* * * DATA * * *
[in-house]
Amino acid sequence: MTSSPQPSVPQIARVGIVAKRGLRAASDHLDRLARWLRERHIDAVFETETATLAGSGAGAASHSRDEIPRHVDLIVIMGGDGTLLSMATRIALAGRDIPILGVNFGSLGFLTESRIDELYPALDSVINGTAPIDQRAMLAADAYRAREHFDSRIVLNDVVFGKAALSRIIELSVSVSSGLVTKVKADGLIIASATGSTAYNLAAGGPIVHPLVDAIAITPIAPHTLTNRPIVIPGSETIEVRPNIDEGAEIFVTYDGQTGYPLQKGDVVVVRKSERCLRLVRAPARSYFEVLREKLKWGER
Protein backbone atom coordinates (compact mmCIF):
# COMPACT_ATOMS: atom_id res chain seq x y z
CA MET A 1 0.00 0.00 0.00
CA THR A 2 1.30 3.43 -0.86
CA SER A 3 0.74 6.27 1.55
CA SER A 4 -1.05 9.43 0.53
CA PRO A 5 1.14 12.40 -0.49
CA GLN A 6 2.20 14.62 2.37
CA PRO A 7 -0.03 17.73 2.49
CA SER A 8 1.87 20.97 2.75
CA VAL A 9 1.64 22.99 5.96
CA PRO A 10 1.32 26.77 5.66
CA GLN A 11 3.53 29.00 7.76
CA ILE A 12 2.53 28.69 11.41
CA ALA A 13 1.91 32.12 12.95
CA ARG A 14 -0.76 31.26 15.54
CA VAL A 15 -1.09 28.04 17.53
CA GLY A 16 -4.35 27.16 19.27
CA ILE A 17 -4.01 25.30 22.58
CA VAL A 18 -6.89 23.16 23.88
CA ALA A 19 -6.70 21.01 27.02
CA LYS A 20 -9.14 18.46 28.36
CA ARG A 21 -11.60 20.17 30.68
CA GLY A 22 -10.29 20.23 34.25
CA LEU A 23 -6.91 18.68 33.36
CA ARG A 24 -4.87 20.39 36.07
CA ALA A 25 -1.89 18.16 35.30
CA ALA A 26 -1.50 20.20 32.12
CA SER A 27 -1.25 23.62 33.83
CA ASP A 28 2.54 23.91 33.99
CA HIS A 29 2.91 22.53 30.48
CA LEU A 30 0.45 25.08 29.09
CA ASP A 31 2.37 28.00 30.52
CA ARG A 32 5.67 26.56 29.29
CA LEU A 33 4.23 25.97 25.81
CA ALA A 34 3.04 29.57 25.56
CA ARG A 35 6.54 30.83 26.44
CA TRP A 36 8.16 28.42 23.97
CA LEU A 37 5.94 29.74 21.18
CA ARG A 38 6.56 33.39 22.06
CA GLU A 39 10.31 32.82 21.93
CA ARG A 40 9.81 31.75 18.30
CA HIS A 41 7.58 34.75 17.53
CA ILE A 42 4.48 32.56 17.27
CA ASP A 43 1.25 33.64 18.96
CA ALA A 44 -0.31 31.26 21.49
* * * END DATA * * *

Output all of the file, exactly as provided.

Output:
[in-house]
Amino acid sequence: MTSSPQPSVPQIARVGIVAKRGLRAASDHLDRLARWLRERHIDAVFETETATLAGSGAGAASHSRDEIPRHVDLIVIMGGDGTLLSMATRIALAGRDIPILGVNFGSLGFLTESRIDELYPALDSVINGTAPIDQRAMLAADAYRAREHFDSRIVLNDVVFGKAALSRIIELSVSVSSGLVTKVKADGLIIASATGSTAYNLAAGGPIVHPLVDAIAITPIAPHTLTNRPIVIPGSETIEVRPNIDEGAEIFVTYDGQTGYPLQKGDVVVVRKSERCLRLVRAPARSYFEVLREKLKWGER
Protein backbone atom coordinates (compact mmCIF):
# COMPACT_ATOMS: atom_id res chain seq x y z
CA MET A 1 0.00 0.00 0.00
CA THR A 2 1.30 3.43 -0.86
CA SER A 3 0.74 6.27 1.55
CA SER A 4 -1.05 9.43 0.53
CA PRO A 5 1.14 12.40 -0.49
CA GLN A 6 2.20 14.62 2.37
CA PRO A 7 -0.03 17.73 2.49
CA SER A 8 1.87 20.97 2.75
CA VAL A 9 1.64 22.99 5.96
CA PRO A 10 1.32 26.77 5.66
CA GLN A 11 3.53 29.00 7.76
CA ILE A 12 2.53 28.69 11.41
CA ALA A 13 1.91 32.12 12.95
CA ARG A 14 -0.76 31.26 15.54
CA VAL A 15 -1.09 28.04 17.53
CA GLY A 16 -4.35 27.16 19.27
CA ILE A 17 -4.01 25.30 22.58
CA VAL A 18 -6.89 23.16 23.88
CA ALA A 19 -6.70 21.01 27.02
CA LYS A 20 -9.14 18.46 28.36
CA ARG A 21 -11.60 20.17 30.68
CA GLY A 22 -10.29 20.23 34.25
CA LEU A 23 -6.91 18.68 33.36
CA ARG A 24 -4.87 20.39 36.07
CA ALA A 25 -1.89 18.16 35.30
CA ALA A 26 -1.50 20.20 32.12
CA SER A 27 -1.25 23.62 33.83
CA ASP A 28 2.54 23.91 33.99
CA HIS A 29 2.91 22.53 30.48
CA LEU A 30 0.45 25.08 29.09
CA ASP A 31 2.37 28.00 30.52
CA ARG A 32 5.67 26.56 29.29
CA LEU A 33 4.23 25.97 25.81
CA ALA A 34 3.04 29.57 25.56
CA ARG A 35 6.54 30.83 26.44
CA TRP A 36 8.16 28.42 23.97
CA LEU A 37 5.94 29.74 21.18
CA ARG A 38 6.56 33.39 22.06
CA GLU A 39 10.31 32.82 21.93
CA ARG A 40 9.81 31.75 18.30
CA HIS A 41 7.58 34.75 17.53
CA ILE A 42 4.48 32.56 17.27
CA ASP A 43 1.25 33.64 18.96
CA ALA A 44 -0.31 31.26 21.49